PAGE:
Minimalist Laundry

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Konmari perfection

I recently posted a video on Konmari’s new book “Spark Joy,” where I mentioned the highlights of her new book and flip through the fresh illustrations. I am a fan of the Konmari method of folding; I just don’t do it. I want to explain.

Perhaps what I liked the most about Konmari’s original book was that she finally gave minimalists the boldness to encourage people to do things all at once. Not to put a box aside, to do things in gradual steps, to take the middle ground. For most minimalist bloggers, this method seemed too extreme, but ideal. Perhaps people that just wanted to organize would not like such drastic measures. But when Konmari entered the scene and encouraged that it wasn’t just the ideal way, but the only way to organize, it gave minimalists a jolt of new energy. Indeed, perhaps she has done more for the minimalist community than most minimalist bloggers, and yet, she is not a minimalist.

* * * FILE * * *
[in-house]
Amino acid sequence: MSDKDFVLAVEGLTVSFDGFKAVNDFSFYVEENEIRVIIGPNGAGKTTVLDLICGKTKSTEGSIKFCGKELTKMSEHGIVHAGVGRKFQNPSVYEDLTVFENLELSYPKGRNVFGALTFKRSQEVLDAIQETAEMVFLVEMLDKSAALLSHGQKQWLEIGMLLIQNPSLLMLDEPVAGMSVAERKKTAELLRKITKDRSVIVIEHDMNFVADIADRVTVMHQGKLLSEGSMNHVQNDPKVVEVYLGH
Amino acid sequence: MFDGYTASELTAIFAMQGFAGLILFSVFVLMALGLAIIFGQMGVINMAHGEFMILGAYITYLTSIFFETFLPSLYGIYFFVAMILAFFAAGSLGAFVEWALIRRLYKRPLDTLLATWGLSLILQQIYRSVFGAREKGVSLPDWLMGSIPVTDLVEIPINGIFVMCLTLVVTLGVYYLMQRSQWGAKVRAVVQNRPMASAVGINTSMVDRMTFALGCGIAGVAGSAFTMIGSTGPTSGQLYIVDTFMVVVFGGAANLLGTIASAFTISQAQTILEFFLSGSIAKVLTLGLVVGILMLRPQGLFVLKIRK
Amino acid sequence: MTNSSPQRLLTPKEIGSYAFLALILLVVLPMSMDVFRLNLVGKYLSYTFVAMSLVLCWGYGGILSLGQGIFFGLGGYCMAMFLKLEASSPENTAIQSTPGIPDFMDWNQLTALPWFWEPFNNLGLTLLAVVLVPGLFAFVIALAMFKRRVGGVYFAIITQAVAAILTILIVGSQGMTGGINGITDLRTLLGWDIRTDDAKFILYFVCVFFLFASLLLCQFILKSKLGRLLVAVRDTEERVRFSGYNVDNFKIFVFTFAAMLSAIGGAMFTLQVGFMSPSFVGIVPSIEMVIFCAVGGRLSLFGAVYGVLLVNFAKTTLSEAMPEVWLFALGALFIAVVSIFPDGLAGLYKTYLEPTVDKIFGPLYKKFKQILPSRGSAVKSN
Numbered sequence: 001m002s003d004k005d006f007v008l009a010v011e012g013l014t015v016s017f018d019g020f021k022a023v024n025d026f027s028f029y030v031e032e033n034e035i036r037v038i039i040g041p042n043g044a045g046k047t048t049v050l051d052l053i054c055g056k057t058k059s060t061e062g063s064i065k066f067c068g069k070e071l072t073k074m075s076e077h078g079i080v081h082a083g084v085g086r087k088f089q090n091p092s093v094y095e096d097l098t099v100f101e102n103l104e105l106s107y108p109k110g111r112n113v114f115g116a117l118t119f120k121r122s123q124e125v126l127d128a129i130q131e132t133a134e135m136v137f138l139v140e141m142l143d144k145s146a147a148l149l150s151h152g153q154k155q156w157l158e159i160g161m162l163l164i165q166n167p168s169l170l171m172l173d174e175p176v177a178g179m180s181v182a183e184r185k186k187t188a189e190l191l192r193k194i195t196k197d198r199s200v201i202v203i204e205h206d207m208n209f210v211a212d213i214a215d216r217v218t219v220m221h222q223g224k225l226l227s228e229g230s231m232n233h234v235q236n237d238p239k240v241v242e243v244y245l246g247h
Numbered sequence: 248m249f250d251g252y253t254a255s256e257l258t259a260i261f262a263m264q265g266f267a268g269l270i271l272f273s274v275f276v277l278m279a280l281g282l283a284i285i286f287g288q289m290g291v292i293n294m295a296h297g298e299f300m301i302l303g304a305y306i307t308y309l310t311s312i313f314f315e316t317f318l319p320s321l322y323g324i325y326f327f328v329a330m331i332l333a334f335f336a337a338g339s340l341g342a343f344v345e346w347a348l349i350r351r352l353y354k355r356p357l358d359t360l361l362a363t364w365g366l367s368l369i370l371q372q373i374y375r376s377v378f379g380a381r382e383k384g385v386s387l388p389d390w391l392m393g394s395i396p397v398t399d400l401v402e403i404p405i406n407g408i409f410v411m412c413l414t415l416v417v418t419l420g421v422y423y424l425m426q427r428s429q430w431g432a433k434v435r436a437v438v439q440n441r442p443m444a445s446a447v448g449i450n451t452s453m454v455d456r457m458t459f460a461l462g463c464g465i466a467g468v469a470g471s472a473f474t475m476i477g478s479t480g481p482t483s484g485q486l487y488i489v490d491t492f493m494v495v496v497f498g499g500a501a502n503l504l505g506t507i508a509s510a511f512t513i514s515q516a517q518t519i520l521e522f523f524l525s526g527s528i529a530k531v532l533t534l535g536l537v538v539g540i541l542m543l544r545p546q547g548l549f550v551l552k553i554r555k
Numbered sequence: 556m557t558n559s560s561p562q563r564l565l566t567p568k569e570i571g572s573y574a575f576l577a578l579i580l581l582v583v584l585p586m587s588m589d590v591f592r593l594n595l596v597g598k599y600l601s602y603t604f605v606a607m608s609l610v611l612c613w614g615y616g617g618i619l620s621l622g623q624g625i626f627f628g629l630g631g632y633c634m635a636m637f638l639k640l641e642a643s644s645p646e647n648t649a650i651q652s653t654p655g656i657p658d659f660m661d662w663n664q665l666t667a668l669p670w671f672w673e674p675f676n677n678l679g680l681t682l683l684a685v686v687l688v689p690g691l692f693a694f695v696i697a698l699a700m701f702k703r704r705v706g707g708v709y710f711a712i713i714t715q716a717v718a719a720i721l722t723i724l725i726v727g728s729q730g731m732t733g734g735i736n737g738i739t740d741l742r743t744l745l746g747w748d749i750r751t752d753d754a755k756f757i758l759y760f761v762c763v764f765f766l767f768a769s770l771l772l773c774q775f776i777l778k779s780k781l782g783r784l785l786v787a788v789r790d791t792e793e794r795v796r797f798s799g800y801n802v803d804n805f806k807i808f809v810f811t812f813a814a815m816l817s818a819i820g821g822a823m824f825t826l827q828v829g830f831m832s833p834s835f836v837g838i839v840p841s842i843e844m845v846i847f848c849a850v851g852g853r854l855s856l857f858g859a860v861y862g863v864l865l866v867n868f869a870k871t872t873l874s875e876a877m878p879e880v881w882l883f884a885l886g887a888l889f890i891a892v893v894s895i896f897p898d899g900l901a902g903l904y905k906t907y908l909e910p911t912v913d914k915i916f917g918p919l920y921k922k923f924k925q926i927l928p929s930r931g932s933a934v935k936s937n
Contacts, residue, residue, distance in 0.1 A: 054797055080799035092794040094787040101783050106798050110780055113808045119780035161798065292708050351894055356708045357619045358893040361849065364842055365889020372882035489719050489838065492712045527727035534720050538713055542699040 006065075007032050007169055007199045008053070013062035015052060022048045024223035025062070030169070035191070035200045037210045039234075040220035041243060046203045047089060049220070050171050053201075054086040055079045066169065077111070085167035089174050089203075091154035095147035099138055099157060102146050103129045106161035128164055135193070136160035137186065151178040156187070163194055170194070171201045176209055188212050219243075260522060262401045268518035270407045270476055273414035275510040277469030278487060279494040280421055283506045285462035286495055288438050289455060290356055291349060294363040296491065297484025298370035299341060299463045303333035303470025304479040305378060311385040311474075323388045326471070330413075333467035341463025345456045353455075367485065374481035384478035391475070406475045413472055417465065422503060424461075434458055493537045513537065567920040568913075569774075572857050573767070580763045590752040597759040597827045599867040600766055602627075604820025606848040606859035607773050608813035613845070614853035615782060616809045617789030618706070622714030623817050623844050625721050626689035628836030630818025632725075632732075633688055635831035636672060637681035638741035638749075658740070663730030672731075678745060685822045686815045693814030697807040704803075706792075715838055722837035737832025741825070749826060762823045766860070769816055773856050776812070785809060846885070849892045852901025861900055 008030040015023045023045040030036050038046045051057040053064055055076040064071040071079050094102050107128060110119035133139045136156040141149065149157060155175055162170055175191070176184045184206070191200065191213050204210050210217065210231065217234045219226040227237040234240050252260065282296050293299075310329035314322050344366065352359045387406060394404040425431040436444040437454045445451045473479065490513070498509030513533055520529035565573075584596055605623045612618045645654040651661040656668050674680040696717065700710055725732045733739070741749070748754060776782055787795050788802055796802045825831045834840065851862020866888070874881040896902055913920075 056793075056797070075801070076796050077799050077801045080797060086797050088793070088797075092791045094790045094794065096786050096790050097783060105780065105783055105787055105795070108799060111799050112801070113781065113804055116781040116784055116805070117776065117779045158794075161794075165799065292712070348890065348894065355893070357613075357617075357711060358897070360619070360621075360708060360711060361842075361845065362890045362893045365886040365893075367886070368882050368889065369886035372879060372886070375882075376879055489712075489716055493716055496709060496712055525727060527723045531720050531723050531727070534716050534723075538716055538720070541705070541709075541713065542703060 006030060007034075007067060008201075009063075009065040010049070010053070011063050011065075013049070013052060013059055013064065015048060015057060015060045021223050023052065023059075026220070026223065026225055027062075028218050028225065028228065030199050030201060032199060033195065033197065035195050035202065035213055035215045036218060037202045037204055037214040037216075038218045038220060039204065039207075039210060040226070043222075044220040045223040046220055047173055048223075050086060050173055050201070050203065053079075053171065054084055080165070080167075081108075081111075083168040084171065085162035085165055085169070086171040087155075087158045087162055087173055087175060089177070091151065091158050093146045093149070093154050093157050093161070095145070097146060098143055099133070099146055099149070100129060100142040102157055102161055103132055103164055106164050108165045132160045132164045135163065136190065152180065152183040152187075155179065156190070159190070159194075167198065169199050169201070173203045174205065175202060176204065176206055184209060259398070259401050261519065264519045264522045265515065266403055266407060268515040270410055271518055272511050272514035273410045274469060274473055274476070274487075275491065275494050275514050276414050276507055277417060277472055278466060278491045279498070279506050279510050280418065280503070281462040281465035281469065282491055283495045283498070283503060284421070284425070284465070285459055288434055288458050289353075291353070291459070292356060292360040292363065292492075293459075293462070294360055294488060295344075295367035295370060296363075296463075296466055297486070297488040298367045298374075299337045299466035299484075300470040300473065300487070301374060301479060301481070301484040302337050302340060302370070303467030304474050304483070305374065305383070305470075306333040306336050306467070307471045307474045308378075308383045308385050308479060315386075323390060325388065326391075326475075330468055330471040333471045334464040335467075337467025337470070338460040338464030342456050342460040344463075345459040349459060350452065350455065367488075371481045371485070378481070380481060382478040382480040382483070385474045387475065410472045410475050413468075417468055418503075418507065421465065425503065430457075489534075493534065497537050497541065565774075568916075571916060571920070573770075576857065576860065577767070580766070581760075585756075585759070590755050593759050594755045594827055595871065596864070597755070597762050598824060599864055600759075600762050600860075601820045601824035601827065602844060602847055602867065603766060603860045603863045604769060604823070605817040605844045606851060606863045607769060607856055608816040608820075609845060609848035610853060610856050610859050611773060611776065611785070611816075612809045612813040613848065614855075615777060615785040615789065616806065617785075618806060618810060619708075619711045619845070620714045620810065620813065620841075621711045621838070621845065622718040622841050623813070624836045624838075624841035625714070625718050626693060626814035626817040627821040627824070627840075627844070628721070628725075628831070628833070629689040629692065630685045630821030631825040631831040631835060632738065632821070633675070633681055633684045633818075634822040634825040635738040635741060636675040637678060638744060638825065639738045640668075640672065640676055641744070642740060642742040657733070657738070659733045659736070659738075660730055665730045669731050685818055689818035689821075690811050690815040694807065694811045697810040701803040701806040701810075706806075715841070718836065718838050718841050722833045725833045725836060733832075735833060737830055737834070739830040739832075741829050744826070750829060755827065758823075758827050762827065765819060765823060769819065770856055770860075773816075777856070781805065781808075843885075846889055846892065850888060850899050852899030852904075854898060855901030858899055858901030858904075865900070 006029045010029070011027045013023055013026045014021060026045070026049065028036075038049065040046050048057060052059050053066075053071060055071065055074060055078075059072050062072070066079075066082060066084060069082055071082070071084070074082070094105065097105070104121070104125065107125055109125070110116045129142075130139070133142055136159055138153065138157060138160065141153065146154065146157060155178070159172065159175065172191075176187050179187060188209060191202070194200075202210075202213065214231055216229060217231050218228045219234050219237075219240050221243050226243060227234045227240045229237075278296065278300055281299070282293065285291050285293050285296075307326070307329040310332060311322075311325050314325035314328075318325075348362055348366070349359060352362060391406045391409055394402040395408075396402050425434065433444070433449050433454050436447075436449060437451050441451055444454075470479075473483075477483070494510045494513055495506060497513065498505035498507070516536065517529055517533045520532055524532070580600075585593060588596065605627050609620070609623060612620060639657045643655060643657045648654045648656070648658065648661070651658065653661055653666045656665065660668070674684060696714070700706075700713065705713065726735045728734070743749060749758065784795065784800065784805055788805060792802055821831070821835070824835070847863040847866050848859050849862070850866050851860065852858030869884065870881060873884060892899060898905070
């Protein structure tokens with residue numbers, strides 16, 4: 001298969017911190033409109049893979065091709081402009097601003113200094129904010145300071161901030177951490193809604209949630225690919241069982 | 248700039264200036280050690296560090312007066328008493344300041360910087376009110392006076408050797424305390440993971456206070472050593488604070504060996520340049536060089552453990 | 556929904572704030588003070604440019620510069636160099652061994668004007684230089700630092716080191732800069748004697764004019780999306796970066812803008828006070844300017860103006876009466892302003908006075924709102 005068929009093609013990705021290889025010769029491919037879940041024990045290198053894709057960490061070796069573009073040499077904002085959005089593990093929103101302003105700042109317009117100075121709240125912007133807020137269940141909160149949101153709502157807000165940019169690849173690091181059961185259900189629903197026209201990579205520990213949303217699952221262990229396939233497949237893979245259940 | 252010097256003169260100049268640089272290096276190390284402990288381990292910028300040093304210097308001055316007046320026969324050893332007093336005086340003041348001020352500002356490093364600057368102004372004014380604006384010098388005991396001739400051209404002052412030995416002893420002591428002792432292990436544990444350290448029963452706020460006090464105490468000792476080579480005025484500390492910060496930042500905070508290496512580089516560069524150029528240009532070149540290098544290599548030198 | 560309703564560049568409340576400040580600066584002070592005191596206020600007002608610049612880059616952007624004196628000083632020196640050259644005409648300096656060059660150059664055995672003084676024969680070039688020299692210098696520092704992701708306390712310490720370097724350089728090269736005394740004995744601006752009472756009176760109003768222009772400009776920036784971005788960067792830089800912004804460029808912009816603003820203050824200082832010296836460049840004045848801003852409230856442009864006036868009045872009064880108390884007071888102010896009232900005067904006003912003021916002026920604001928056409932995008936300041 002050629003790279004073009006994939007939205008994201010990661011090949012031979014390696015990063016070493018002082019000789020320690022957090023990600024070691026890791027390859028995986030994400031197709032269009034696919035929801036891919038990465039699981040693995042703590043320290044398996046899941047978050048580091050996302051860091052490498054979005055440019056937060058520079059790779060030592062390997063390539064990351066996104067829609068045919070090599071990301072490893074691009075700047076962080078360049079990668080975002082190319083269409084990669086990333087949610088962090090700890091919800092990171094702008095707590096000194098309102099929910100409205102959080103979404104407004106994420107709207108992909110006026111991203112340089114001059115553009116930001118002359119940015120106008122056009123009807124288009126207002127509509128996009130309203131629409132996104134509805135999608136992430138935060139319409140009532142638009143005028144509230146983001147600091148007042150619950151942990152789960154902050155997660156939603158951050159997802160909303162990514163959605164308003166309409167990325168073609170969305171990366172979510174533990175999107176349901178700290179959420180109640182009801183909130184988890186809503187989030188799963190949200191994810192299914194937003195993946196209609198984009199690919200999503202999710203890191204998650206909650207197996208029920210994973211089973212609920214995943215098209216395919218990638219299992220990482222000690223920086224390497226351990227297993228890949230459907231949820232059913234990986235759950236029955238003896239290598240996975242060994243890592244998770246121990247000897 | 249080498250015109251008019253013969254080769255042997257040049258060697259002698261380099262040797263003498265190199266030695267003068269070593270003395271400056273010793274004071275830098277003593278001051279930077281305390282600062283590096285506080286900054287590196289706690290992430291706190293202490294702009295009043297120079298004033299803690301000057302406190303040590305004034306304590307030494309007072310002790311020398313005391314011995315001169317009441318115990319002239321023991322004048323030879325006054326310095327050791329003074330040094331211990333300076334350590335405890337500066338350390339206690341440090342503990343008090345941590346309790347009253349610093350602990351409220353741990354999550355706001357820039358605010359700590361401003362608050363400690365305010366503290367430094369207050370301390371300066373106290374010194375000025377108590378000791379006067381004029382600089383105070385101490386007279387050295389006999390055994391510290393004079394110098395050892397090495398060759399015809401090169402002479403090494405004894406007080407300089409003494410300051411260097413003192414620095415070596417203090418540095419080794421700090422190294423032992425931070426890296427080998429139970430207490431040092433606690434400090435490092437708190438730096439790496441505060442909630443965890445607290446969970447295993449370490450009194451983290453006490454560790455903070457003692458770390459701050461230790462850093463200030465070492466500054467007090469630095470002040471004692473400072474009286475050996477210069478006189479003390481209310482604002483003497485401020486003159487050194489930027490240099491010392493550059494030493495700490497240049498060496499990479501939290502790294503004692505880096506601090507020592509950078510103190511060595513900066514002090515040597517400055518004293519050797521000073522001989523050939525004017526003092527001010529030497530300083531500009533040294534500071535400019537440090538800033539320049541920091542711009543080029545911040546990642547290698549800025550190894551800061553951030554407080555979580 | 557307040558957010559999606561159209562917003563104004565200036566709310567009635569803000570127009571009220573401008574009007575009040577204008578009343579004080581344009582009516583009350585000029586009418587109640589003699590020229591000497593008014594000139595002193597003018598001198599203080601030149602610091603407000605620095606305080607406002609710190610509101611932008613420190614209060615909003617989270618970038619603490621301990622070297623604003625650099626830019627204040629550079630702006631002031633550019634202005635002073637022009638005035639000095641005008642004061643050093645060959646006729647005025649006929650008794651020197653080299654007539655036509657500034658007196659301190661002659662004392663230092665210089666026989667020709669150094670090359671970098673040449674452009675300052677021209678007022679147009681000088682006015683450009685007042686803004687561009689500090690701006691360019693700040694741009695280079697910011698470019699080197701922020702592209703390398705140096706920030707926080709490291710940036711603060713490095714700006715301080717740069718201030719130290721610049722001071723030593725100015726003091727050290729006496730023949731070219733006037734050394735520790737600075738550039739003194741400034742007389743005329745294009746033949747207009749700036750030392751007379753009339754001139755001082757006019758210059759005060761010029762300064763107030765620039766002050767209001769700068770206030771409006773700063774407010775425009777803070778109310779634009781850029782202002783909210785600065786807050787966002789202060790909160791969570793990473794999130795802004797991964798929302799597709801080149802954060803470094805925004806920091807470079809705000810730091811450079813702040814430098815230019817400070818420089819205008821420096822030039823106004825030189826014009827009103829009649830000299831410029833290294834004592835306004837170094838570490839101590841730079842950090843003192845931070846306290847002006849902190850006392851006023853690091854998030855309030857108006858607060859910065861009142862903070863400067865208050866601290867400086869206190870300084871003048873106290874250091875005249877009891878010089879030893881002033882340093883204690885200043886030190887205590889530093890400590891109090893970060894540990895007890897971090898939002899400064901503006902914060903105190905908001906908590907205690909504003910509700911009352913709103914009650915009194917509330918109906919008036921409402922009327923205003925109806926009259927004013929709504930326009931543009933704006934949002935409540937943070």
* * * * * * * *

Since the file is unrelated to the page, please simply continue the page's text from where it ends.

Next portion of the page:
Marie Kondo is an organizing guru. However, decluttering is essential to all organization because space is finite. Most people are interested in decluttering, but not minimalism. Minimalism is a philosophy; decluttering is strictly logical.

The reasons why I do not do a capsule wardrobe or the Konmari folding method is because I am not particular. I value ease and simplicity over perfection. I was not always this way, but I learned over time not to stress details.

I do store my clothes with the spines showing, but I do not do a three-fold method. My spines are larger than a small rectangle, but I can do my folds quickly.

The reason I do not do the capsule wardrobe is because I’ve minimized my clothes to the bare essential after leaving the corporate world. I plan to minimize even more. Exploring limits and taking on challenges are exciting, to finally know what we are made of and capable of. To find what we barely even miss.

I mentioned in my 2016 goals that I hope to sew two identical home shift dresses, one by hand and one by machine, and document my progress. I’d also like to wash my clothes by hand for one week. It is not because I think hand-washing is superior, but because it’s hard to appreciate things that have always been there. Refrigeration and a washer are truly luxuries, and I want to realize how much time and energy they save.